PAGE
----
Republican gubernatorial candidate Brian Kemp, who is also the current secretary of state of Georgia, ran into issues with his voter ID when he attempted to cast his ballot on Tuesday, reports NBC News.
When Kemp, who oversees elections in Georgia, tried to place his ballot in the scanner, his voter card was deemed “invalid” and he had to use another card to vote, according to ABC’s WSB-TV in Atlanta.
“It turns out his voting card was invalid,” WSB-TV reported.
GOP gubernatorial candidate Brian Kemp also had a voting issue today. When he tried to vote, his voter card said "invalid." Our @DaveHWSB was with Kemp today as he voted and is covering the campaign all night. #ElectionOn2 https://t.co/d4yktfco6v pic.twitter.com/YR9FeJUijj
— WSB-TV (@wsbtv) November 6, 2018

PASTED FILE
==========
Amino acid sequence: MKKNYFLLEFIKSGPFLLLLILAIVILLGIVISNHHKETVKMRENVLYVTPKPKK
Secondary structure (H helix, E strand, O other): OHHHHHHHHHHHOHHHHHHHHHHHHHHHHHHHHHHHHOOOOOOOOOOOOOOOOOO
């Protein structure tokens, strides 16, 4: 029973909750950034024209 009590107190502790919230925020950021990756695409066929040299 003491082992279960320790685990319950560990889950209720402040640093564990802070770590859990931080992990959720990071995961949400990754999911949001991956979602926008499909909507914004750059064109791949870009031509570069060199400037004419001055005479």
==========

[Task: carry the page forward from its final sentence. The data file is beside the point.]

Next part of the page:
Voters must present a Georgia driver’s license, government employee ID, valid U.S. passport, valid military ID, valid tribal ID or a free voter ID card distributed through a country registrar or Department of Driver Services Office, according to the Georgia Secretary of State website.
Kemp was eventually able to cast his ballot after retrieving a second form of ID.
Many Georgia voters reported hours-long wait times and malfunctioning voting machines at some of the state’s polling sites. The Hill notes that one polling location “mistakenly installed only three voting machines where there should have been one voting machine to every 350 voters registered in that precinct.”
Kemp was sued in October for suppressing minority votes after an Associated Press investigation revealed a month before November’s midterm election that his office has not approved 53,000 voter registrations – the vast majority filed by African-Americans.
Kemp, who is running for governor against Democrat Stacey Abrams, says his actions comply with a 2017 state law that requires voter registration information to match exactly with data from the Department of Motor Vehicles or Social Security Administration.
The law disproportionately affects black and Latino voters, say the civil rights groups who brought the lawsuit.